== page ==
Civilization: Beyond Earth Live Gameplay Demo Takes A Look At Mid-Game Technology And Strategy

By Connor Sears , Updated Sep 18, 2014 04:16 PM EDT
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You've built up your first city, you've founded a couple more and you've given your civilization everything it needs to become an international powerhouse. Once those first 100 turns pass and the mid-game starts, that's when your civ really starts to specialize as you decide what kind of nation you want your civ to be – a feared warmonger, a pacifist culture farmer or anything in between.

The Last Live Gameplay Demo Introduced Us To The Game's Espionage System

The mid-game is often a critical part of any Civ game, and the latest live gameplay demo from Firaxis gave us a glimpse at the kind of technologies we'll have access to after that initial phase of setting up in Sid Meier's Civilization: Beyond Earth.

The first major change to Beyond Earth's technology system is its layout. The Technology Web (different from the Technology Trees of other Civ games) encourages even more specialization during the mid-game. It leads to a lot less needing to research unrelated technologies just to be able to reach the technology you do want, like a war-minded player who doesn't necessarily want to research the economic tech Guilds just to research the knights of Chivalry.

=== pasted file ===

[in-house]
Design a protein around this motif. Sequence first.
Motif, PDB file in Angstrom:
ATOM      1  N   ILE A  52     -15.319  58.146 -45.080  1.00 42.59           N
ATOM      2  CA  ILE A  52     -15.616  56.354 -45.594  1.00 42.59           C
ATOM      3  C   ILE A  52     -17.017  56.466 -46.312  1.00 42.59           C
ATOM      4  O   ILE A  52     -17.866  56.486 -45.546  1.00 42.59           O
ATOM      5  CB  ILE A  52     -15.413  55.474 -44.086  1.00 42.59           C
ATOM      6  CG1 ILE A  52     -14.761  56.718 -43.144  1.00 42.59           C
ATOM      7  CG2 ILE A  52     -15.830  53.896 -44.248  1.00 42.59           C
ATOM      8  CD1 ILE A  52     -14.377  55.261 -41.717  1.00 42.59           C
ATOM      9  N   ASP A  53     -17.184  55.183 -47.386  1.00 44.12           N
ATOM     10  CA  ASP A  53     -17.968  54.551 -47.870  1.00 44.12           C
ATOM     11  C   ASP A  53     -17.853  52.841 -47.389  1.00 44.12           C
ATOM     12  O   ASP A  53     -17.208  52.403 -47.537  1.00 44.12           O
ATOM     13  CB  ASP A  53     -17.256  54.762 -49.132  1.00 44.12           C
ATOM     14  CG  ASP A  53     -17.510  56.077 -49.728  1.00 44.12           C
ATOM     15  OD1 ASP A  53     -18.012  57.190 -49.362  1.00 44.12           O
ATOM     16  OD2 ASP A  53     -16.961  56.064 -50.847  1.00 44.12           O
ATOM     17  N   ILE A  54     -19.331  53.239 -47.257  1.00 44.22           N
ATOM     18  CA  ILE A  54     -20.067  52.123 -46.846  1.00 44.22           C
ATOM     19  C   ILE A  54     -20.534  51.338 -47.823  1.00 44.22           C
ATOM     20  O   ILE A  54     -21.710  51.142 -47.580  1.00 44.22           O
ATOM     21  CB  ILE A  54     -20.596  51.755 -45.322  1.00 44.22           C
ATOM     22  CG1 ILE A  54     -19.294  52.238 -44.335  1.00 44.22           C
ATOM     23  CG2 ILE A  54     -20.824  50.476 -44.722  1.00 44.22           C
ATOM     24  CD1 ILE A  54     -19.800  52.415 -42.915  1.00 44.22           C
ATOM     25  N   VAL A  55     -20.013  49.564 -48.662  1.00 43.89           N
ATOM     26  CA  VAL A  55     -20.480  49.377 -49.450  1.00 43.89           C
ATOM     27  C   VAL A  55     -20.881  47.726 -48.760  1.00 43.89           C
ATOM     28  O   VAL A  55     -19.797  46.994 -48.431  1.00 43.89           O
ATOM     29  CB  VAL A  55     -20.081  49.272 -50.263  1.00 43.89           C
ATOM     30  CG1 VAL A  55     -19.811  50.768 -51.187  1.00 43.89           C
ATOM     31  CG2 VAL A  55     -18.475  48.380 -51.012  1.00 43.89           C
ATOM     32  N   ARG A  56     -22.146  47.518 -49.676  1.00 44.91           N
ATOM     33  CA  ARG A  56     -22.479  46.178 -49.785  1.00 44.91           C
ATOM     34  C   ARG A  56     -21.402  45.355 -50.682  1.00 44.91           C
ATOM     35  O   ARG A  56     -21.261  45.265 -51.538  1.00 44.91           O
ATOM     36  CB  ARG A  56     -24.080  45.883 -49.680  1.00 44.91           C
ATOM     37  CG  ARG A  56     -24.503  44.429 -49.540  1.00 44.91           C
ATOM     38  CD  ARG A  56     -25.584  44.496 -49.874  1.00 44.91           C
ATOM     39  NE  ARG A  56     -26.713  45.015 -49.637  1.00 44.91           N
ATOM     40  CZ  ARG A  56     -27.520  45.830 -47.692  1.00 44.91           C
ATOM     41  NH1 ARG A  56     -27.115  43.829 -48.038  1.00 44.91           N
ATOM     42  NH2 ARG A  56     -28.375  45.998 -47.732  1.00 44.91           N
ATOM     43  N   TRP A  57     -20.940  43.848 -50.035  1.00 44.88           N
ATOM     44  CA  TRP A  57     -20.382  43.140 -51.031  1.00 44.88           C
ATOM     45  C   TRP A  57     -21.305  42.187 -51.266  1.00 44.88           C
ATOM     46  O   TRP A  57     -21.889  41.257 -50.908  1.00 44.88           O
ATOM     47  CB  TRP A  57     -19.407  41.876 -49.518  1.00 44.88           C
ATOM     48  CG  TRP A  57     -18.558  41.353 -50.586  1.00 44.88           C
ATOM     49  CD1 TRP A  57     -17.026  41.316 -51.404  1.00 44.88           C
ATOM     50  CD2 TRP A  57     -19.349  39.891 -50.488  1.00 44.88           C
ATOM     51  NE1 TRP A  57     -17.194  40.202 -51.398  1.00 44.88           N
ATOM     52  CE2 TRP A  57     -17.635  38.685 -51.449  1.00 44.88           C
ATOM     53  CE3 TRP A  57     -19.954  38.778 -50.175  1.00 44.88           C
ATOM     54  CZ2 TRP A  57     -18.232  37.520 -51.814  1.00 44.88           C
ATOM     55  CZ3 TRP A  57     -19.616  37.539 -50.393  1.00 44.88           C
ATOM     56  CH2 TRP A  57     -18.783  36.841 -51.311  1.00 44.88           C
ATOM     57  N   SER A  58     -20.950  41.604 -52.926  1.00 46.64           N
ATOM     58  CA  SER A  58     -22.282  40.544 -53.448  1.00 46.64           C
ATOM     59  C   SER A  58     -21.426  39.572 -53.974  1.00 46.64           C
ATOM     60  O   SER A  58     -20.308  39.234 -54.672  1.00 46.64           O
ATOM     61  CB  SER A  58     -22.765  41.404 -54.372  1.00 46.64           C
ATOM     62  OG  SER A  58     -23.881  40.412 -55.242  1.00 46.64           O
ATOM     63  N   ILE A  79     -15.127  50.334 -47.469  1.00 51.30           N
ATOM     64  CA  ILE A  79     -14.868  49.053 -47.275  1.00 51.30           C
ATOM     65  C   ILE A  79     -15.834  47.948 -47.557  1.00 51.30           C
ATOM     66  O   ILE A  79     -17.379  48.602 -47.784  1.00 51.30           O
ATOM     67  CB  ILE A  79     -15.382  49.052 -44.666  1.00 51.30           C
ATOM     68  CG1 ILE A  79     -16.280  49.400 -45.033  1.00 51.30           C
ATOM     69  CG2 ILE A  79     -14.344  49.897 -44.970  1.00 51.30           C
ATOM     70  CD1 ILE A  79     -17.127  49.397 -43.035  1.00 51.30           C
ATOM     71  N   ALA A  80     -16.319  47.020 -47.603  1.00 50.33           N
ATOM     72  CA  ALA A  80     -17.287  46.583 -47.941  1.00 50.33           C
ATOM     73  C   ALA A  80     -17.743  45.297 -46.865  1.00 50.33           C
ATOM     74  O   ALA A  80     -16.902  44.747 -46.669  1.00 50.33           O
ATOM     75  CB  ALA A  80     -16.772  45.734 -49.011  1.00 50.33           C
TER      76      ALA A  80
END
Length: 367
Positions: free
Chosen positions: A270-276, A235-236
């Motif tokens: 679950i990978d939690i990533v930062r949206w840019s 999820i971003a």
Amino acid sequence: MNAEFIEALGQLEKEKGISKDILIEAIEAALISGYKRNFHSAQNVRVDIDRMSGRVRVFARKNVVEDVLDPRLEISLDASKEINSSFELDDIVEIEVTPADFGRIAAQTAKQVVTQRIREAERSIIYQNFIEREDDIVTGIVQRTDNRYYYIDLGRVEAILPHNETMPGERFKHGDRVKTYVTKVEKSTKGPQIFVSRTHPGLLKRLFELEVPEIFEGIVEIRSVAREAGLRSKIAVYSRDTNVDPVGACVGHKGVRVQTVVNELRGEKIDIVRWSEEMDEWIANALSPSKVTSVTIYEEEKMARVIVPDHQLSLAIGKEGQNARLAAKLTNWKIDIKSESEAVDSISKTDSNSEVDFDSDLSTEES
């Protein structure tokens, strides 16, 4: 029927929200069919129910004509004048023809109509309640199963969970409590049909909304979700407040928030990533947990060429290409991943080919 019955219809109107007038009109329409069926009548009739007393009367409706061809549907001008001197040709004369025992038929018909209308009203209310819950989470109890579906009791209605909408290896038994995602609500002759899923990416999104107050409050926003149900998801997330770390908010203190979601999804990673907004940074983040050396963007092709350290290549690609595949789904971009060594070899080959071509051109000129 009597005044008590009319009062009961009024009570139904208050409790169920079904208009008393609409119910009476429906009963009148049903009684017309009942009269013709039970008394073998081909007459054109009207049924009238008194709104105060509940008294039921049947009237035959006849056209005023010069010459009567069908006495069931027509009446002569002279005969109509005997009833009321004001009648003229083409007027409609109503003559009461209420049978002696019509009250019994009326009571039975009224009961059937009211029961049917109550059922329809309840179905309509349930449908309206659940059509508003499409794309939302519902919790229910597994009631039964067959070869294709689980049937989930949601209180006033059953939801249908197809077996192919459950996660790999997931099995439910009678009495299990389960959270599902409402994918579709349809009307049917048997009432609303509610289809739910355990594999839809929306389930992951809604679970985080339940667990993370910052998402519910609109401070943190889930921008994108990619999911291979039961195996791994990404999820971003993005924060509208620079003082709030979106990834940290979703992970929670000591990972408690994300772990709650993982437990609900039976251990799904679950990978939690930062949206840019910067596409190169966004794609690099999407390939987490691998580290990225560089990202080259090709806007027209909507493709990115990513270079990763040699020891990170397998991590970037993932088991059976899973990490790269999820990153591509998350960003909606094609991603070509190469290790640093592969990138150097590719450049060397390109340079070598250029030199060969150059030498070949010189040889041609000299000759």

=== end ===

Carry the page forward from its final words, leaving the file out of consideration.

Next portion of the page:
Still Confused About These Affinity Things In Beyond Earth? We've Got You Covered

The new radial layout of the Tech Web allows players to focus on one specific line of techs, even being able to reach the edge of the web in the span of a few technologies. Of course, these edge techs are very costly, and that research might be better used to gain a more attainable tech in the short run. But the capability to reach these powerful techs very early is still there.

The live stream introduced viewers to a couple of the technologies that are necessary for certain victory conditions. Players aiming for a Contact Victory will need to head toward Transcendental Math eventually. The Communications tech stem is used to build the portals needed for either the Purity or Supremacy victory conditions. Alien Adaptation is also useful for players pursuing Harmony, as it unlocks the Xeno Swarm, a cheap Harmony unit that the narrator likened to a Zerg rush.

Viewers also got to see a useful trading post for science-minded Civ players. Adapt Blue is an alien trade outpost that grants you a random, free technology when a trade mission with them is completed. Essentially, this could mean a player could earn a free technology every 30 turns if he is constantly trading with this outpost, certainly a handy benefit for your neighbor to have.

Also interesting to note was the "stem and leaf" organization of the Tech Web in action. This system means that each main technology includes a couple of leaf techs under it, which can be selectively researched in any order or ignored completely. A couple of the main-line technologies would often have different leaf techs attached that represented different Affinities. For example, Purity and Supremacy players will both want to research Terraforming, but they'd each want to pursue a different leaf tech below, as one gives Purity Affinity points and another gives points toward Supremacy.

The video was fairly thorough about seeing what each technology was all about, and it even delved into the buildings, improvement and wonders that each tech unlocks. If you want to see more of the Tech Web, the video might be worth a watch.

Sid Meier's Civilization: Beyond Earth is set to hit PCs on October 24.


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